Housing markets are complex, and the expansion of public housing is not a remedy for all housing problems and the massive social inequalities underlying them. However, a look across borders could offer new perspectives to this discussion. 

First, public housing does not have to mean ‘poor housing’. Although it seems counter-intuitive to provide public housing for more than just the poorest of the poor, countries like the Netherlands, Austria, and Denmark [9] (with a share of public housing stock between 20 and 32 per cent) provide public housing both for those in acute housing need, as well as more affluent tenants . Often, income restrictions only apply when moving in, but families can stay in their homes even when their income increases over time or children move out. A greater social mix in public housing can contribute to less social stigma, less social-spatial segregation, and ‘failing’ of housing estates. 

The public housing sector can also benefit those renting privately. A rather extreme, but interesting example, the city of Vienna is one of the largest landlords in Europe. The city either directly owns or controls around 50% of the housing stock through public subsidies [10], which has helped stabilise the housing market and keep private sector rents more affordable than in comparable cities .  

Finally, public housing can provide innovative ways to address contemporary social and urban problems. Already in the first phase of public housing expansion in the inter-war years, many European cities went beyond addressing housing needs and improving housing conditions, and set new standards for interior design and urban development. New ways to combine functionality and aesthetics in housing and design were developed, such as the famous New Frankfurt  and Bauhaus designs . Access to green spaces and natural light became a priority. Most importantly, housing was not seen as an isolated, private matter, but rather a social one. The Viennese municipal housing estates of the 1920s included day care for children, medical services, and public libraries, without disintegrating the estates from the city [11].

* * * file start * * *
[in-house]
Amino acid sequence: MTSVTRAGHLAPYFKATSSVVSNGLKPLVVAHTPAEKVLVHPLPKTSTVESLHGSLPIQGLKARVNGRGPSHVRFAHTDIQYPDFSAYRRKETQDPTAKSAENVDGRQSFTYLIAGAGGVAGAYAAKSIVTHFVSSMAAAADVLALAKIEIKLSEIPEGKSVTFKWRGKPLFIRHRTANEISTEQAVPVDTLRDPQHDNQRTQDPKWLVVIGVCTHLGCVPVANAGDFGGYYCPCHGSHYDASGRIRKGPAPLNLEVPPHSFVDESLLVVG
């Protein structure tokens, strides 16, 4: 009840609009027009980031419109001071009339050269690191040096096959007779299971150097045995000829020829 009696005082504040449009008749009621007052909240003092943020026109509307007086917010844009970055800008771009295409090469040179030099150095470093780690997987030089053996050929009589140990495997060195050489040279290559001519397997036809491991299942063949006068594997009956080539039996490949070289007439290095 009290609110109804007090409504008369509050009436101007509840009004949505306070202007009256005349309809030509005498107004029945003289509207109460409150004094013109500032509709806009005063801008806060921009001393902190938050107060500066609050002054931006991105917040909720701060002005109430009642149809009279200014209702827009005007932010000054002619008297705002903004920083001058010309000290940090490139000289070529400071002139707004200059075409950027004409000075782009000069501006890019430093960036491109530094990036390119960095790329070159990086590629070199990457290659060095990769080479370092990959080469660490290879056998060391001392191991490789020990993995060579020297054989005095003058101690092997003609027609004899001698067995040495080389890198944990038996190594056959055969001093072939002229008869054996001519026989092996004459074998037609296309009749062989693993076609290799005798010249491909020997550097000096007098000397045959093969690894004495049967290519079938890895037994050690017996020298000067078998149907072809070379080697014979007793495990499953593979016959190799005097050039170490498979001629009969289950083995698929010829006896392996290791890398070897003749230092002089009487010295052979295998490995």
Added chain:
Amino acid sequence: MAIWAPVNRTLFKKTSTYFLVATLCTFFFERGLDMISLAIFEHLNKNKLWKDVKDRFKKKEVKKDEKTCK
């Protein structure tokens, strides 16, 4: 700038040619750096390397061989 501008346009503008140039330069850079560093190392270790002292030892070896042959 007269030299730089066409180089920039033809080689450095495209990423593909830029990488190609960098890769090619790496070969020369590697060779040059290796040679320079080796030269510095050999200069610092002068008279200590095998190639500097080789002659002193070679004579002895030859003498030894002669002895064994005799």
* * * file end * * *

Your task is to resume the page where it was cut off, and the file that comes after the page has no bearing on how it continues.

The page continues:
Although many progressive ideas fell victim to budgetary restraints during the post-war mass expansion of public housing, many European cities have since been active in revitalising public housing. Overall, there has been a move from high density and uniform complexes, towards small, diverse units with a more personal atmosphere , and more integrated public transport networks. Many projects specifically address issues such as social isolation by, for example, bringing different generations together such as young mothers and elderly people . There have also been numerous investments to improve energy efficiency through innovative technologies , both in existing and new public housing projects [12]. 

Most importantly, the top-down planning process and one-size-fits-all approach that characterised most post-war public housing developments are falling out of favour. Many projects now involve tenants in the planning and design of their future homes, and allow participation in decision-making (for example through supporting self-organised housing cooperatives).

But is this affordable? 

The economic crisis has strained budgets all over Europe, making large-scale investment in public housing difficult [13]. In order to reduce spending, many European countries are following Britain in moving away from the ‘brick and mortar’ policy of building public housing, towards directly supporting individuals in renting or buying their homes through housing benefits and tax exemptions.

Yet, these policies come at a price. Spending on housing benefits strongly depends on price developments in the rental market. The current rise in private rents in England translated into a rising budget needed for housing benefits , making them very vulnerable to spending cuts. At the same time, housing benefits do not provide an effective instrument to counteract market developments – let alone to enable forward-looking urban development. With demand for (truly) affordable housing  on the rise, experts suggest that more investment in public housing in Britain might actually be cheaper than housing benefits . There are many ways to fund and provide public housing [9]  and numerous successful European examples of collaboration with non-, limited-, and for-profit actors, exist [14] 

While having a decent home is an important individual aspiration, ensuring that everyone can achieve it is a collective responsibility. Broadening the perception of public housing allows us to discuss more innovative ways of fighting the housing shortage and shaping the cities of tomorrow.

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[14] Perry, J. (2014). Experts encourage more social housing investment as a way to lower welfare bill. [online] the Guardian. Available at: [Accessed 23 Sep. 2015].